Missouri is the only state that does not have a prescription drug monitoring database, The New York Times reports. The state’s decision not to use such a drug-tracking tool has hampered efforts to fight prescription drug abuse.
More than 46,000 drug offenders will be eligible for early release from prison, after the U.S. Sentencing Commission voted to reduce terms for low-level drug traffickers who are already incarcerated. The vote was unanimous, NPR reports.
A federal grand jury in San Francisco has indicted FedEx for drug trafficking, USA Today reports. The company is accused of conspiring to deliver prescription drugs for illegal online pharmacies.
A widow of a chain smoker who died of lung cancer has been awarded more than $23 billion in punitive damages by a Florida jury. The woman sued R.J. Reynolds Tobacco, claiming the company conspired to conceal cigarettes’ health dangers and addictive nature.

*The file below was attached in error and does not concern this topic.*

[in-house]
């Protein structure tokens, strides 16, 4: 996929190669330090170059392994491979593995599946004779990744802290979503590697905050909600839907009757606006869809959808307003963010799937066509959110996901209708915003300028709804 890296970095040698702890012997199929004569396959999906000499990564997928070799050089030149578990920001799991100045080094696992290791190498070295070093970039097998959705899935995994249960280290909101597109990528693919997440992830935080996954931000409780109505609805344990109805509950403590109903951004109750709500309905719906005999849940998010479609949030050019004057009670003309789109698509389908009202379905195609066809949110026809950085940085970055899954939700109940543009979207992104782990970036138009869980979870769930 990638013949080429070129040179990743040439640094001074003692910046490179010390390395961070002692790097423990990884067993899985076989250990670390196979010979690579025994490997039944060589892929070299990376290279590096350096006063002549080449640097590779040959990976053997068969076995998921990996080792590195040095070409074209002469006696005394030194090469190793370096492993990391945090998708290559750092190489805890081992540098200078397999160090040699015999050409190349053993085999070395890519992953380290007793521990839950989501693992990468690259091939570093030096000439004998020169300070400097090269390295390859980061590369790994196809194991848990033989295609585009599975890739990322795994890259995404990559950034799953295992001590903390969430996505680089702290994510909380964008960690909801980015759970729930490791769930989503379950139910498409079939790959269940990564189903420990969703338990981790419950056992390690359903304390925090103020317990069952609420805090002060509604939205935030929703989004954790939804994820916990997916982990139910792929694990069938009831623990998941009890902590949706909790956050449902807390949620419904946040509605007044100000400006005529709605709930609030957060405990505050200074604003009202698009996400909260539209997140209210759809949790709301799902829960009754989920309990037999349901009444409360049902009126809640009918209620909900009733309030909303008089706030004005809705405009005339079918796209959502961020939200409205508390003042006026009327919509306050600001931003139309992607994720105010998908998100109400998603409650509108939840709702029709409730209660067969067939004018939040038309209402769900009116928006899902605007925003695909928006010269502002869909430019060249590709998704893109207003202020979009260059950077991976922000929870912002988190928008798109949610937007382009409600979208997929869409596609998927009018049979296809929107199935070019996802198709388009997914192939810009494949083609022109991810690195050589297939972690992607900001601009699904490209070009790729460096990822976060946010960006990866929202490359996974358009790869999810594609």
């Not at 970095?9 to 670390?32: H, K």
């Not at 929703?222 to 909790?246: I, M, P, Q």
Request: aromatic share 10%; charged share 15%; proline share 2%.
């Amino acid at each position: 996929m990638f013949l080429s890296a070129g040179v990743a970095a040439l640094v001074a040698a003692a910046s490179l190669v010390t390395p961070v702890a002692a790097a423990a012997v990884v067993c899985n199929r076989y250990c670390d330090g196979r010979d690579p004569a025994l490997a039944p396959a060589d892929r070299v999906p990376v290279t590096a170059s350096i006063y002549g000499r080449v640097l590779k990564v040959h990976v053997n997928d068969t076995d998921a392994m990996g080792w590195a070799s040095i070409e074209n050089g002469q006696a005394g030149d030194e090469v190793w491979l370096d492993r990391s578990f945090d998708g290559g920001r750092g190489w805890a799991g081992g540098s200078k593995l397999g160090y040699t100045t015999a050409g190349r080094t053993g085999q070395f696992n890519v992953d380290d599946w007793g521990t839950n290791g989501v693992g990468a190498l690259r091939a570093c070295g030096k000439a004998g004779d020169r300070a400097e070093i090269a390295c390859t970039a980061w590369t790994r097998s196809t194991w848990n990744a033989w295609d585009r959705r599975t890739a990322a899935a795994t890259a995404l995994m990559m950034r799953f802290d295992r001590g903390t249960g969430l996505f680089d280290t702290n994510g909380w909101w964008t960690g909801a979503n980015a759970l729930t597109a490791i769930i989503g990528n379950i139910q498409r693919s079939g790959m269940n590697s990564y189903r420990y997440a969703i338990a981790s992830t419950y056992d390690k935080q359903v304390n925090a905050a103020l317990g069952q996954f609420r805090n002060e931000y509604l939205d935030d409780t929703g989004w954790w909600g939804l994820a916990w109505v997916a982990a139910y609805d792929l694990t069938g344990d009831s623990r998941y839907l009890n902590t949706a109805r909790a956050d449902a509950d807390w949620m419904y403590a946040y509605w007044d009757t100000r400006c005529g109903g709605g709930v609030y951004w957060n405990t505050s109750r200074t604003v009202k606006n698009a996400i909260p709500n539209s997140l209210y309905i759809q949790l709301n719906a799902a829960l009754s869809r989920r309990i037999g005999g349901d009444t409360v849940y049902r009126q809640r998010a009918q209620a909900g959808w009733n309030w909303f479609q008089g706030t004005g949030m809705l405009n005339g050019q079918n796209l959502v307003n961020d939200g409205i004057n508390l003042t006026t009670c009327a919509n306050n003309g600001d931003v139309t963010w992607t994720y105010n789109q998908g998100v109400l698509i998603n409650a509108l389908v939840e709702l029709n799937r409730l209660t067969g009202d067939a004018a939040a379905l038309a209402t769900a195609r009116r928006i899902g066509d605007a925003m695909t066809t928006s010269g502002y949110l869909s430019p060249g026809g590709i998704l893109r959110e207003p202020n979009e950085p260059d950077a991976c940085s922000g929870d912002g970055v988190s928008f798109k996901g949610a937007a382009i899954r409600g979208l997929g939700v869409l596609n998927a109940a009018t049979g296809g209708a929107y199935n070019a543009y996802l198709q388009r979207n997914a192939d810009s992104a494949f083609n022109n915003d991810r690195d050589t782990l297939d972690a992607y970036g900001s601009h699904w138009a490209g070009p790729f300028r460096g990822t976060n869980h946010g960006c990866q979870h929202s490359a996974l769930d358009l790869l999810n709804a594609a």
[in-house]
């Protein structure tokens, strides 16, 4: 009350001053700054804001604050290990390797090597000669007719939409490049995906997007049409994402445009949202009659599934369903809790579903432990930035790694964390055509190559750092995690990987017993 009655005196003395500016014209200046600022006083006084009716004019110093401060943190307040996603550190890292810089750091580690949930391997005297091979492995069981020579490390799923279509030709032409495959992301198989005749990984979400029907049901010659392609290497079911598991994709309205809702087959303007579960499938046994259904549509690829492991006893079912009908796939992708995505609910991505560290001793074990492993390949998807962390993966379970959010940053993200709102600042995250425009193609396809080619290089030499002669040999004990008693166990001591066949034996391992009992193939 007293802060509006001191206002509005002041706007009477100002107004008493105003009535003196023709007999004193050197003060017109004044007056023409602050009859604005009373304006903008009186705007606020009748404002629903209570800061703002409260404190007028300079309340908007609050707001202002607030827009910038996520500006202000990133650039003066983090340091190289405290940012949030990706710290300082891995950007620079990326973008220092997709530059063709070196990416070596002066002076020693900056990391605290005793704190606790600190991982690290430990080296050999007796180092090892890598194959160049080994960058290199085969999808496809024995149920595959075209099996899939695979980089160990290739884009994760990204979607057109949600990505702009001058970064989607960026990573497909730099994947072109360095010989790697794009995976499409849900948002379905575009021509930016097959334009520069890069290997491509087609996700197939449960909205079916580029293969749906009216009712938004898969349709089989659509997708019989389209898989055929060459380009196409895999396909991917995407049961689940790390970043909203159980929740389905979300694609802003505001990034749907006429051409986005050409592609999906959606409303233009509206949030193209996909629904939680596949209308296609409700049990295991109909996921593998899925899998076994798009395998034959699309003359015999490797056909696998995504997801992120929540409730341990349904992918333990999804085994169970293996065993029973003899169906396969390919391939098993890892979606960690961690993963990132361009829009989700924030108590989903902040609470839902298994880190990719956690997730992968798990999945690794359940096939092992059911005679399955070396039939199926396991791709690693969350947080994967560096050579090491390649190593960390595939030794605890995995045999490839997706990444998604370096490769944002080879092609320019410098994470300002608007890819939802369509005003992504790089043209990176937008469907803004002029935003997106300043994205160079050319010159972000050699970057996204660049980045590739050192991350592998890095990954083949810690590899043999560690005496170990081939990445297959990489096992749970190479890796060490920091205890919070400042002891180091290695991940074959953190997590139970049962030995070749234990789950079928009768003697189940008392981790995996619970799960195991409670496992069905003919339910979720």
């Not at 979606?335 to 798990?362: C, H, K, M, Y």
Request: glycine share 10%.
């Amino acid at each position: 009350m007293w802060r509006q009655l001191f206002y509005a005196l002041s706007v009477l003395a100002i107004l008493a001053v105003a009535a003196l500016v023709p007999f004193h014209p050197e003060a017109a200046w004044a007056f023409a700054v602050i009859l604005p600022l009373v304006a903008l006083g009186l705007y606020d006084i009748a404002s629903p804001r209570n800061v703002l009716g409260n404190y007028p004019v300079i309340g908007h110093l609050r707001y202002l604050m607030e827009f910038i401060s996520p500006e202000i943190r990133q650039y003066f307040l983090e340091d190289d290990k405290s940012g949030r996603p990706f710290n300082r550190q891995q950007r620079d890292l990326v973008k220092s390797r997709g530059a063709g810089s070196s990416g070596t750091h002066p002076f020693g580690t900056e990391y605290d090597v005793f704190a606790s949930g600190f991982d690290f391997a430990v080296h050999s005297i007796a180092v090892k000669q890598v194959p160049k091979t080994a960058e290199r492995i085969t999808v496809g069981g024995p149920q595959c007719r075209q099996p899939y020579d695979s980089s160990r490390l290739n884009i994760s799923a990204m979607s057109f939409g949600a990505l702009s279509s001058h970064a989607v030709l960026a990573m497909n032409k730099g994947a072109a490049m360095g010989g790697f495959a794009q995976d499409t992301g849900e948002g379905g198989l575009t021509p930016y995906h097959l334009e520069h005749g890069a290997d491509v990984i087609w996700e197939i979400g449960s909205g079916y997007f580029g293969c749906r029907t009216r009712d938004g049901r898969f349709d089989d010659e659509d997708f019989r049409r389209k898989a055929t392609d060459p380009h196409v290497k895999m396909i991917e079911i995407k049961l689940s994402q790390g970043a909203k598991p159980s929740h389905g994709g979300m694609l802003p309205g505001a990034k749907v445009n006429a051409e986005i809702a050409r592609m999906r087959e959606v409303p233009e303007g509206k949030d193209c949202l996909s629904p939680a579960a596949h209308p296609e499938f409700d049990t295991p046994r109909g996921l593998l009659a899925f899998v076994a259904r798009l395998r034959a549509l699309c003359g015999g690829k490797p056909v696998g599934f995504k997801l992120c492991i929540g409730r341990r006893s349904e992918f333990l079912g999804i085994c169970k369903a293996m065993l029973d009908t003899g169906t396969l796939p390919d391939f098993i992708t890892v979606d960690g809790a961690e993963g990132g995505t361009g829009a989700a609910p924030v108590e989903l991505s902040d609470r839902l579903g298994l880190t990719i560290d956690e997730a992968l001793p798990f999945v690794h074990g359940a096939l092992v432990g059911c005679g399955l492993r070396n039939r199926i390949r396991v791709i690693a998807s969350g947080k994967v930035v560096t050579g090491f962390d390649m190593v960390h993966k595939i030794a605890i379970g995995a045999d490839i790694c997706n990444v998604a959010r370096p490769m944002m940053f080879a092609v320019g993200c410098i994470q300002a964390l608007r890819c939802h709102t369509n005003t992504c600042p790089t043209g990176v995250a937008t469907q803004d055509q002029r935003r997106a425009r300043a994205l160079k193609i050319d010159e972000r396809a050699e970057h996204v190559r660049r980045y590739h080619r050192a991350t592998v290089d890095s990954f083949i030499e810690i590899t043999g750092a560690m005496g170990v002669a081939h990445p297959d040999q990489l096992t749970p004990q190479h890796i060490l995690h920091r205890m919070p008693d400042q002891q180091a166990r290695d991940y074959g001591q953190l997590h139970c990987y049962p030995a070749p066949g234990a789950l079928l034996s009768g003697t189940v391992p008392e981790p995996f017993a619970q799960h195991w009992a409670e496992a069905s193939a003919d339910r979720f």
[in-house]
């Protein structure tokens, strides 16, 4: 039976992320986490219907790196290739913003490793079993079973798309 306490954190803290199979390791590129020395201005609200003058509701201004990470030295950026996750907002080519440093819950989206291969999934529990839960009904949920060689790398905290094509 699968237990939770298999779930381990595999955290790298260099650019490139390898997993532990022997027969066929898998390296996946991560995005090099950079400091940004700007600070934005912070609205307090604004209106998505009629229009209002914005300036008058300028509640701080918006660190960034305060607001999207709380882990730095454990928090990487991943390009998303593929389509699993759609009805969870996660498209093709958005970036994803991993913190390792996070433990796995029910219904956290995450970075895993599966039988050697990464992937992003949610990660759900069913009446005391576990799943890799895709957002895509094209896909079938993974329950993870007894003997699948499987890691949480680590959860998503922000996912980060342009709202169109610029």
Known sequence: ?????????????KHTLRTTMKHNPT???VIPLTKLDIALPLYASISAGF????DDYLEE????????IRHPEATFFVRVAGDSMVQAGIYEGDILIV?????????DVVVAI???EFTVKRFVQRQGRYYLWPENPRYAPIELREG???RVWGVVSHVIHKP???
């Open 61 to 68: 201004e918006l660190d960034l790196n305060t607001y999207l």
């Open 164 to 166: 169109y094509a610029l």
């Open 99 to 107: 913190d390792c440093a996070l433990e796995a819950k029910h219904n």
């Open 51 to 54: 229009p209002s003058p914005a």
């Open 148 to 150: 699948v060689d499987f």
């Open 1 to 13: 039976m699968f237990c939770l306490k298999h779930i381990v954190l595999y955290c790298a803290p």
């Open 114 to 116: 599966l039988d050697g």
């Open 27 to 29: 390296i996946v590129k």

A new study finds U.S. college students involved in alcohol-related offenses and incidents often receive light penalties.
A growing number of parents are hiring private dog-sniffing businesses to find out if their teens are using illegal substances, NPR reports. The dogs are also being requested by schools, businesses, landlords and halfway houses.
Some veterans who are suffering from post-traumatic stress syndrome, pain from injuries and other conditions have decided to stop taking the large amount of prescription drugs prescribed for them, without consulting their doctors.
The U.S. House on Wednesday rejected a measure that would have blocked the Treasury Department from implementing guidelines to make it easier for legal marijuana businesses to conduct banking.
A new study finds smokers are two to four times more likely than nonsmokers to commit suicide. State public health interventions such as indoor smoking bans and cigarette taxes could reduce suicide rates by as much as 15 percent, the researchers say.
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